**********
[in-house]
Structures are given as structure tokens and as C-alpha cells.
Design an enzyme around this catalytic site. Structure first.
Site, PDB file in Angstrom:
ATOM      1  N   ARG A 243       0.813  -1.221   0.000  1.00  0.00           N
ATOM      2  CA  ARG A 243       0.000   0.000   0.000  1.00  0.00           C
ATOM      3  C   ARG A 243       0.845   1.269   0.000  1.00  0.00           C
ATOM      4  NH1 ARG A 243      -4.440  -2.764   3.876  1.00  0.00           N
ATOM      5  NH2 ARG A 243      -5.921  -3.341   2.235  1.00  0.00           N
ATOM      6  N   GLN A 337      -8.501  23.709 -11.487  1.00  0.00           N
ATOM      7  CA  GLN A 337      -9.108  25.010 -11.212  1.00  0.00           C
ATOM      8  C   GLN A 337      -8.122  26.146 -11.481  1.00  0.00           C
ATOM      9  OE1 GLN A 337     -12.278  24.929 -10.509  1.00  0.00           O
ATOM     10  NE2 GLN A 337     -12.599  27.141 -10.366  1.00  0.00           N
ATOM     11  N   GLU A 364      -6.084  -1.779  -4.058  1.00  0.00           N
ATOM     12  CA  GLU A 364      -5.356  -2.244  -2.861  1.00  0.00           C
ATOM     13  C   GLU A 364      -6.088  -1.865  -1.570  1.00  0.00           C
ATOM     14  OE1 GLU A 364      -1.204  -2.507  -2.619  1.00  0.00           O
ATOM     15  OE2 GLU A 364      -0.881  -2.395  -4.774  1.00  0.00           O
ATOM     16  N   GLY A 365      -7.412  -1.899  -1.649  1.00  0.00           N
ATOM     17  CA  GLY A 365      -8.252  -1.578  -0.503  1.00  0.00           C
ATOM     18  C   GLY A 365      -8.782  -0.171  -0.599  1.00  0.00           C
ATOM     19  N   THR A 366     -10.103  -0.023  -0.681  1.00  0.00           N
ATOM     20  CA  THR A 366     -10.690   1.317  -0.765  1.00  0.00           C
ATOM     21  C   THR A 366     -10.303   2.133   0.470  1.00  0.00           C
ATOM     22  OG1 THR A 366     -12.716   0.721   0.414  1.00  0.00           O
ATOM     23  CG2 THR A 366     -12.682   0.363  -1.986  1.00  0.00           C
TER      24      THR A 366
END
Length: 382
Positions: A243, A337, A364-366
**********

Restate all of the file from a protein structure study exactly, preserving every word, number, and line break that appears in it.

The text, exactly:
[in-house]
Structures are given as structure tokens and as C-alpha cells.
Design an enzyme around this catalytic site. Structure first.
Site, PDB file in Angstrom:
ATOM      1  N   ARG A 243       0.813  -1.221   0.000  1.00  0.00           N
ATOM      2  CA  ARG A 243       0.000   0.000   0.000  1.00  0.00           C
ATOM      3  C   ARG A 243       0.845   1.269   0.000  1.00  0.00           C
ATOM      4  NH1 ARG A 243      -4.440  -2.764   3.876  1.00  0.00           N
ATOM      5  NH2 ARG A 243      -5.921  -3.341   2.235  1.00  0.00           N
ATOM      6  N   GLN A 337      -8.501  23.709 -11.487  1.00  0.00           N
ATOM      7  CA  GLN A 337      -9.108  25.010 -11.212  1.00  0.00           C
ATOM      8  C   GLN A 337      -8.122  26.146 -11.481  1.00  0.00           C
ATOM      9  OE1 GLN A 337     -12.278  24.929 -10.509  1.00  0.00           O
ATOM     10  NE2 GLN A 337     -12.599  27.141 -10.366  1.00  0.00           N
ATOM     11  N   GLU A 364      -6.084  -1.779  -4.058  1.00  0.00           N
ATOM     12  CA  GLU A 364      -5.356  -2.244  -2.861  1.00  0.00           C
ATOM     13  C   GLU A 364      -6.088  -1.865  -1.570  1.00  0.00           C
ATOM     14  OE1 GLU A 364      -1.204  -2.507  -2.619  1.00  0.00           O
ATOM     15  OE2 GLU A 364      -0.881  -2.395  -4.774  1.00  0.00           O
ATOM     16  N   GLY A 365      -7.412  -1.899  -1.649  1.00  0.00           N
ATOM     17  CA  GLY A 365      -8.252  -1.578  -0.503  1.00  0.00           C
ATOM     18  C   GLY A 365      -8.782  -0.171  -0.599  1.00  0.00           C
ATOM     19  N   THR A 366     -10.103  -0.023  -0.681  1.00  0.00           N
ATOM     20  CA  THR A 366     -10.690   1.317  -0.765  1.00  0.00           C
ATOM     21  C   THR A 366     -10.303   2.133   0.470  1.00  0.00           C
ATOM     22  OG1 THR A 366     -12.716   0.721   0.414  1.00  0.00           O
ATOM     23  CG2 THR A 366     -12.682   0.363  -1.986  1.00  0.00           C
TER      24      THR A 366
END
Length: 382
Positions: A243, A337, A364-366